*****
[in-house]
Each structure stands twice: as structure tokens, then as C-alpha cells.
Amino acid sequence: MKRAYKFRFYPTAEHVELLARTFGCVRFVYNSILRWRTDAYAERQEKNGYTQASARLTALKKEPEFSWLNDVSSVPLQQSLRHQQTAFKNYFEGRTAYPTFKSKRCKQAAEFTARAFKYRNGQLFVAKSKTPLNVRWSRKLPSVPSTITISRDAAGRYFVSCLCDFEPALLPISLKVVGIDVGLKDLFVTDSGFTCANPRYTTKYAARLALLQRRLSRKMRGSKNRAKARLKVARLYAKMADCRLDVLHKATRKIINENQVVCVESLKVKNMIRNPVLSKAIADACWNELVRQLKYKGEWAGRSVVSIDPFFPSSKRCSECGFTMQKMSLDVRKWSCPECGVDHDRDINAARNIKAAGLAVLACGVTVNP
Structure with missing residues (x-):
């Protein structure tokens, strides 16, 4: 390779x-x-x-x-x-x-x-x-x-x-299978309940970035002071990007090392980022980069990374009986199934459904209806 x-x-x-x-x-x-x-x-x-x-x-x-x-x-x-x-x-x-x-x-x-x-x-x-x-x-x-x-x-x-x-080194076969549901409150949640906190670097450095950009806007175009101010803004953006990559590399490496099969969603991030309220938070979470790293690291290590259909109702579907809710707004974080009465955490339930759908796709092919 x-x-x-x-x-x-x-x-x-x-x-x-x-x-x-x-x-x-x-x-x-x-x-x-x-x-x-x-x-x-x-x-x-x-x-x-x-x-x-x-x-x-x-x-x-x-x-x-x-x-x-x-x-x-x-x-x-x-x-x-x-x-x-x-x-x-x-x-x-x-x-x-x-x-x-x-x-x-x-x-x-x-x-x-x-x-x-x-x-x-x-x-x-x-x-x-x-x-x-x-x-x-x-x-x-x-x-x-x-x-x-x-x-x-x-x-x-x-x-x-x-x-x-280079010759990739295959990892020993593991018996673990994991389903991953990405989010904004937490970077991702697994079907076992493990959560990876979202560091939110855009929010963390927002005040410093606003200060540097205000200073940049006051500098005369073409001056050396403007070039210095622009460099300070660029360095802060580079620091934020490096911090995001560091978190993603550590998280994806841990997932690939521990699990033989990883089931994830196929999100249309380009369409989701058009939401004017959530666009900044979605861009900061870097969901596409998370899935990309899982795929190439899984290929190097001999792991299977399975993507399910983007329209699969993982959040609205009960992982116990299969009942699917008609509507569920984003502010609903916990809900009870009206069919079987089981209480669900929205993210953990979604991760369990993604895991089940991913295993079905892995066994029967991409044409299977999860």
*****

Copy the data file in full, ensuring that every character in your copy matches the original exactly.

[in-house]
Each structure stands twice: as structure tokens, then as C-alpha cells.
Amino acid sequence: MKRAYKFRFYPTAEHVELLARTFGCVRFVYNSILRWRTDAYAERQEKNGYTQASARLTALKKEPEFSWLNDVSSVPLQQSLRHQQTAFKNYFEGRTAYPTFKSKRCKQAAEFTARAFKYRNGQLFVAKSKTPLNVRWSRKLPSVPSTITISRDAAGRYFVSCLCDFEPALLPISLKVVGIDVGLKDLFVTDSGFTCANPRYTTKYAARLALLQRRLSRKMRGSKNRAKARLKVARLYAKMADCRLDVLHKATRKIINENQVVCVESLKVKNMIRNPVLSKAIADACWNELVRQLKYKGEWAGRSVVSIDPFFPSSKRCSECGFTMQKMSLDVRKWSCPECGVDHDRDINAARNIKAAGLAVLACGVTVNP
Structure with missing residues (x-):
């Protein structure tokens, strides 16, 4: 390779x-x-x-x-x-x-x-x-x-x-299978309940970035002071990007090392980022980069990374009986199934459904209806 x-x-x-x-x-x-x-x-x-x-x-x-x-x-x-x-x-x-x-x-x-x-x-x-x-x-x-x-x-x-x-080194076969549901409150949640906190670097450095950009806007175009101010803004953006990559590399490496099969969603991030309220938070979470790293690291290590259909109702579907809710707004974080009465955490339930759908796709092919 x-x-x-x-x-x-x-x-x-x-x-x-x-x-x-x-x-x-x-x-x-x-x-x-x-x-x-x-x-x-x-x-x-x-x-x-x-x-x-x-x-x-x-x-x-x-x-x-x-x-x-x-x-x-x-x-x-x-x-x-x-x-x-x-x-x-x-x-x-x-x-x-x-x-x-x-x-x-x-x-x-x-x-x-x-x-x-x-x-x-x-x-x-x-x-x-x-x-x-x-x-x-x-x-x-x-x-x-x-x-x-x-x-x-x-x-x-x-x-x-x-x-x-280079010759990739295959990892020993593991018996673990994991389903991953990405989010904004937490970077991702697994079907076992493990959560990876979202560091939110855009929010963390927002005040410093606003200060540097205000200073940049006051500098005369073409001056050396403007070039210095622009460099300070660029360095802060580079620091934020490096911090995001560091978190993603550590998280994806841990997932690939521990699990033989990883089931994830196929999100249309380009369409989701058009939401004017959530666009900044979605861009900061870097969901596409998370899935990309899982795929190439899984290929190097001999792991299977399975993507399910983007329209699969993982959040609205009960992982116990299969009942699917008609509507569920984003502010609903916990809900009870009206069919079987089981209480669900929205993210953990979604991760369990993604895991089940991913295993079905892995066994029967991409044409299977999860």